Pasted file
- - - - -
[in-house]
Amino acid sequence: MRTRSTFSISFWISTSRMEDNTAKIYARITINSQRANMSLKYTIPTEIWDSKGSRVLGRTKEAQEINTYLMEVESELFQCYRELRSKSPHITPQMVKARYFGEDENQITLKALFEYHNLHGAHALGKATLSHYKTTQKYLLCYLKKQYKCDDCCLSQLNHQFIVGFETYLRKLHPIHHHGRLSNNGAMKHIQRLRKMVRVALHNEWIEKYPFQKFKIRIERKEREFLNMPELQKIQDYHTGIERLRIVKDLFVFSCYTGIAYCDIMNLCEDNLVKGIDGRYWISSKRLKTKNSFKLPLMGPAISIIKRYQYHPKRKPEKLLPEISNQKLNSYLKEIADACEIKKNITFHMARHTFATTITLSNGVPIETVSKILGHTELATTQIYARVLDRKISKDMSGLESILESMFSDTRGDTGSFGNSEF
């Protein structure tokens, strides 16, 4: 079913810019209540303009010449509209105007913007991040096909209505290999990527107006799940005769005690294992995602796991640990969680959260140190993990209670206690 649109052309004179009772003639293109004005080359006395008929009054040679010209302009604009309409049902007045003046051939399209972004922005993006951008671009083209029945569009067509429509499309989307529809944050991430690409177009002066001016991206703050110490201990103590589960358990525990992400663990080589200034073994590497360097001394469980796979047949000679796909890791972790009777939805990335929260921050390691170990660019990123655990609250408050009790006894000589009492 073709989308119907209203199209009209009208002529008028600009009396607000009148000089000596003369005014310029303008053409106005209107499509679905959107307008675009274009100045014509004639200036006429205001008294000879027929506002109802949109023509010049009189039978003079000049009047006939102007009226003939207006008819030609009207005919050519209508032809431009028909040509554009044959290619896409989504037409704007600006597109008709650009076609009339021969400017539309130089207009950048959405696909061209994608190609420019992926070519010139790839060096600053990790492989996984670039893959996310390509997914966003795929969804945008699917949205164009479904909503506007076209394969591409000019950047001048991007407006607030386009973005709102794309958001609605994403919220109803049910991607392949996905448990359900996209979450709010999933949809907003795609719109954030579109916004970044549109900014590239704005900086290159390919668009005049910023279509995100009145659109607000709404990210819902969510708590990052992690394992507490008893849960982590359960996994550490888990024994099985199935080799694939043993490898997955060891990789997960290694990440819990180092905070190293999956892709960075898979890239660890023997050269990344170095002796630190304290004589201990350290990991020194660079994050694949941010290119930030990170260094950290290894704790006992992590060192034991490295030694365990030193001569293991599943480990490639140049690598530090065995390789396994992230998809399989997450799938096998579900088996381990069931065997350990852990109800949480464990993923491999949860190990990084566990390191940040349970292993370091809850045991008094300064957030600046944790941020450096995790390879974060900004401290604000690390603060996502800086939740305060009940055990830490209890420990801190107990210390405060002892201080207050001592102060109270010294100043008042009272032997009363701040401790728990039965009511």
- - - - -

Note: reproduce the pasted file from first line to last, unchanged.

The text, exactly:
[in-house]
Amino acid sequence: MRTRSTFSISFWISTSRMEDNTAKIYARITINSQRANMSLKYTIPTEIWDSKGSRVLGRTKEAQEINTYLMEVESELFQCYRELRSKSPHITPQMVKARYFGEDENQITLKALFEYHNLHGAHALGKATLSHYKTTQKYLLCYLKKQYKCDDCCLSQLNHQFIVGFETYLRKLHPIHHHGRLSNNGAMKHIQRLRKMVRVALHNEWIEKYPFQKFKIRIERKEREFLNMPELQKIQDYHTGIERLRIVKDLFVFSCYTGIAYCDIMNLCEDNLVKGIDGRYWISSKRLKTKNSFKLPLMGPAISIIKRYQYHPKRKPEKLLPEISNQKLNSYLKEIADACEIKKNITFHMARHTFATTITLSNGVPIETVSKILGHTELATTQIYARVLDRKISKDMSGLESILESMFSDTRGDTGSFGNSEF
């Protein structure tokens, strides 16, 4: 079913810019209540303009010449509209105007913007991040096909209505290999990527107006799940005769005690294992995602796991640990969680959260140190993990209670206690 649109052309004179009772003639293109004005080359006395008929009054040679010209302009604009309409049902007045003046051939399209972004922005993006951008671009083209029945569009067509429509499309989307529809944050991430690409177009002066001016991206703050110490201990103590589960358990525990992400663990080589200034073994590497360097001394469980796979047949000679796909890791972790009777939805990335929260921050390691170990660019990123655990609250408050009790006894000589009492 073709989308119907209203199209009209009208002529008028600009009396607000009148000089000596003369005014310029303008053409106005209107499509679905959107307008675009274009100045014509004639200036006429205001008294000879027929506002109802949109023509010049009189039978003079000049009047006939102007009226003939207006008819030609009207005919050519209508032809431009028909040509554009044959290619896409989504037409704007600006597109008709650009076609009339021969400017539309130089207009950048959405696909061209994608190609420019992926070519010139790839060096600053990790492989996984670039893959996310390509997914966003795929969804945008699917949205164009479904909503506007076209394969591409000019950047001048991007407006607030386009973005709102794309958001609605994403919220109803049910991607392949996905448990359900996209979450709010999933949809907003795609719109954030579109916004970044549109900014590239704005900086290159390919668009005049910023279509995100009145659109607000709404990210819902969510708590990052992690394992507490008893849960982590359960996994550490888990024994099985199935080799694939043993490898997955060891990789997960290694990440819990180092905070190293999956892709960075898979890239660890023997050269990344170095002796630190304290004589201990350290990991020194660079994050694949941010290119930030990170260094950290290894704790006992992590060192034991490295030694365990030193001569293991599943480990490639140049690598530090065995390789396994992230998809399989997450799938096998579900088996381990069931065997350990852990109800949480464990993923491999949860190990990084566990390191940040349970292993370091809850045991008094300064957030600046944790941020450096995790390879974060900004401290604000690390603060996502800086939740305060009940055990830490209890420990801190107990210390405060002892201080207050001592102060109270010294100043008042009272032997009363701040401790728990039965009511």